Let us be honest. Let us preserve the veracity of our souls. Let education commence in the cradle—in the lap of the loving mother. This is the first school. The teacher, the mother, should be absolutely honest.
The nursery should not be an asylum for lies.
Parents should be modest enough to be truthful, honest enough to admit their ignorance. Nothing should be taught as true that cannot be demonstrated.
Every child should be taught to doubt, to inquire, to demand reasons. Every soul should defend itself—should be on its guard against falsehood, deceit, and mistake, and should beware of all kinds of confidence men, including those in the pulpit.
Children should be taught to express their doubts—to demand reasons. The object of education should be to develop the brain, to quicken the senses. Every school should be a mental gymnasium. The child should be equipped for the battle of life.
Credulity, implicit obedience, are the virtues of slaves and the enslavers of the free. All should be taught that there is nothing too sacred to be investigated—too holy to be understood.
Each mind has the right to lift all curtains, withdraw all veils, scale all walls, explore all recesses, all heights, all depths for itself, in spite of church or priest, or creed or book.
The great volume of Nature should be open to all. None but the intelligent and honest can really read this book. Prejudice clouds and darkens every page. Hypocrisy reads and misquotes, and credulity accepts the quotation. Superstition cannot read a line or spell the shortest word. And yet this volume holds all knowledge, all truth, and is the only source of thought. Mental liberty means the right of all to read this book. Here the Pope and Peasant are equal. Each must read for himself—and each ought honestly and fearlessly to give to his fellow-men what he learns.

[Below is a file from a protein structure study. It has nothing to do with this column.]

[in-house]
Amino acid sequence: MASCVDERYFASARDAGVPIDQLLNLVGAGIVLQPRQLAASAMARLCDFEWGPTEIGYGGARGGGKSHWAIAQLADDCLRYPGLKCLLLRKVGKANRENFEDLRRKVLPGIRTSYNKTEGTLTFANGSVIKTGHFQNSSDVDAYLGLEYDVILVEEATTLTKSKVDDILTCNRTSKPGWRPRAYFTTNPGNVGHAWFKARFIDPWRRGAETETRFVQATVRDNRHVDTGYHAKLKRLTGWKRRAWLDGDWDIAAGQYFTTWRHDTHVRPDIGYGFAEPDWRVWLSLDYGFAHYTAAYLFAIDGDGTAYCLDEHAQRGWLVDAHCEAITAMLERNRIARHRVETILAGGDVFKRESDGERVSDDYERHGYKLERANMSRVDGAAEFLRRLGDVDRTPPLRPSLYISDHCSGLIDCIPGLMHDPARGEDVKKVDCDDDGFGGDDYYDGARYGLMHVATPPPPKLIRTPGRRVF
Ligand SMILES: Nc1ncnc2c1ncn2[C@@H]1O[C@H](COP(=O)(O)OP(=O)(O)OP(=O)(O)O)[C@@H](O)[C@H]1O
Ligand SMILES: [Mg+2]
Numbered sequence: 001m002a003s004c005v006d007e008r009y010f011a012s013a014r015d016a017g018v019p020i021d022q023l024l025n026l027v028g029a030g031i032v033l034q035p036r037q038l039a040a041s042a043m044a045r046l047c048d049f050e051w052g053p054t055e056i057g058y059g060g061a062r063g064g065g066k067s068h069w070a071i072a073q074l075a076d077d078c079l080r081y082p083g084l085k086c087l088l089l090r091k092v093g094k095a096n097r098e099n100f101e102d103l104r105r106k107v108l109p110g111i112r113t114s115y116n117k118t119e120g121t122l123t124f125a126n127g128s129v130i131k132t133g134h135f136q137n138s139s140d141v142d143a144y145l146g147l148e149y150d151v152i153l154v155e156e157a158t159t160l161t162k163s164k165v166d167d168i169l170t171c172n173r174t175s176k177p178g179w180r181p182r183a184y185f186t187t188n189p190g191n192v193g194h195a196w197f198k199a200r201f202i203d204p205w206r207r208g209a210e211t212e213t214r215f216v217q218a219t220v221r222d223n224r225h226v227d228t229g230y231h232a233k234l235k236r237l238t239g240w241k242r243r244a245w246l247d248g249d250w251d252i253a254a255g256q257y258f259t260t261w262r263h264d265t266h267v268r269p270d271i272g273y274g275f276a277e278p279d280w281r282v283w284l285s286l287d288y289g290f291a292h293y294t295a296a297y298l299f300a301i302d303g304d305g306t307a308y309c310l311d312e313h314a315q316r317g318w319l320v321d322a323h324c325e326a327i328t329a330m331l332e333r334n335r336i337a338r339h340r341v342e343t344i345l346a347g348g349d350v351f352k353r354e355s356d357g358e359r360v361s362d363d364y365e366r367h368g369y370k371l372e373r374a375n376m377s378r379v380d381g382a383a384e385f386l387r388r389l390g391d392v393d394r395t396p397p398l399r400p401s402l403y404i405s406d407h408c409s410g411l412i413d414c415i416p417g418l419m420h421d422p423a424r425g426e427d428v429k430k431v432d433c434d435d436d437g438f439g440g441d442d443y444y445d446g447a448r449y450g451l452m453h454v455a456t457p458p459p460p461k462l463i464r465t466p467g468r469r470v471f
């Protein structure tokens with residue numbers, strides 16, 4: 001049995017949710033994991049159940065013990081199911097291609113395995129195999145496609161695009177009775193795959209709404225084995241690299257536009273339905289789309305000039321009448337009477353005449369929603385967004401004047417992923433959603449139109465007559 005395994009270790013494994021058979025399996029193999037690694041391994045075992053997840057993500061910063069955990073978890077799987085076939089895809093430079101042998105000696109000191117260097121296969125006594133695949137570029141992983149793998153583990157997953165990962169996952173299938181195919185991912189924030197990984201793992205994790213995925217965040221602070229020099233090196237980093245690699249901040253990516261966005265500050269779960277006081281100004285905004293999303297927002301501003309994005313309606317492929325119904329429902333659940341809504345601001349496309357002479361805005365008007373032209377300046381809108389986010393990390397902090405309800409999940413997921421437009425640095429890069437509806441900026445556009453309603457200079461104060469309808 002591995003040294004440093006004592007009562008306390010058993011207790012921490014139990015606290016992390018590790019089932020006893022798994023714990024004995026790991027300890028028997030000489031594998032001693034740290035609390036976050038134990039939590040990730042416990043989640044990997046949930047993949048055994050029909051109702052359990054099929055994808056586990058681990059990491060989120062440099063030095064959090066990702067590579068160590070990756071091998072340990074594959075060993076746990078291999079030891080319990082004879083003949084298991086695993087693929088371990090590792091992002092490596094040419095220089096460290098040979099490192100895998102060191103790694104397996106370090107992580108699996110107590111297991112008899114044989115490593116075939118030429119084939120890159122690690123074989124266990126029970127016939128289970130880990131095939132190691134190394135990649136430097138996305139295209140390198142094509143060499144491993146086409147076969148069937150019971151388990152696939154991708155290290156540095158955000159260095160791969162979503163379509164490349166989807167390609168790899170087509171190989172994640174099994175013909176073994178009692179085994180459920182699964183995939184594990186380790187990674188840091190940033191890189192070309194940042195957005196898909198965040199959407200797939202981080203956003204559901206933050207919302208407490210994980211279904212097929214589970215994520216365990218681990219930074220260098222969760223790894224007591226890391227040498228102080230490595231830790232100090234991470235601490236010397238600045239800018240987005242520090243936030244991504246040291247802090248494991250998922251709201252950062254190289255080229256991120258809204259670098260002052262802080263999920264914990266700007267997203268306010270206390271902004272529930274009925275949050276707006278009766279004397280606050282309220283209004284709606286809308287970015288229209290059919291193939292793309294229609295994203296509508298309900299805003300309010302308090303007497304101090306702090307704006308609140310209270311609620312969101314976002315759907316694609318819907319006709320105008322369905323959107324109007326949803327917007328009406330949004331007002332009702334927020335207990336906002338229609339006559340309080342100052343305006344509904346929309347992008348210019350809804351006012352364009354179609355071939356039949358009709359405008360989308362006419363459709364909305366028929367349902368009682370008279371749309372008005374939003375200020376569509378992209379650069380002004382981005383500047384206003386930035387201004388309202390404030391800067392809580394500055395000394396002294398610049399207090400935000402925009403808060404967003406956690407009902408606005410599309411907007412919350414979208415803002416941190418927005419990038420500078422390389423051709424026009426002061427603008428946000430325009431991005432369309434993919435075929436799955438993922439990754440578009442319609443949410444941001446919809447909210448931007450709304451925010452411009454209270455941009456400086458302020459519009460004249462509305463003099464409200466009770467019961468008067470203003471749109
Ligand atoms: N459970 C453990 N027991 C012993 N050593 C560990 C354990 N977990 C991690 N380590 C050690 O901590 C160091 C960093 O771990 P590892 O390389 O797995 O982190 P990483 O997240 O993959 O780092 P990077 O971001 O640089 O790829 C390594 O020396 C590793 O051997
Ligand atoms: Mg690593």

There is no authority in churches or priests—no authority in numbers or majorities. The only authority is Nature—the facts we know. Facts are the masters, the enemies of the ignorant, the servants and friends of the intelligent.
Ignorance is the mother of mystery and misery, of superstition and sorrow, of waste and want.
Intelligence is the only light. It enables us to keep the highway, to avoid the obstructions, and to take advantage of the forces of nature. It is the only lever capable of raising mankind. To develop the brain is to civilize the world. Intelligence reaves the heavens of winged and frightful monsters—drives ghosts and leering fiends from the darkness, and floods with light the dungeons of fear.
All should be taught that there is no evidence of the existence of the supernatural—that the man who bows before an idol of wood or stone is just as foolish as the one who prays to an imagined God,—that all worship has for its foundation the same mistake—the same ignorance, the same fear—that it is just as foolish to believe in a personal god as in a personal devil—just as foolish to believe in great ghosts as little ones.
So, all should be taught that the forces, the facts in Nature, cannot be controlled or changed by prayer or praise, by supplication, ceremony, or sacrifice; that there is no magic, no miracle; that force can be overcome only by force, and that the whole world is natural.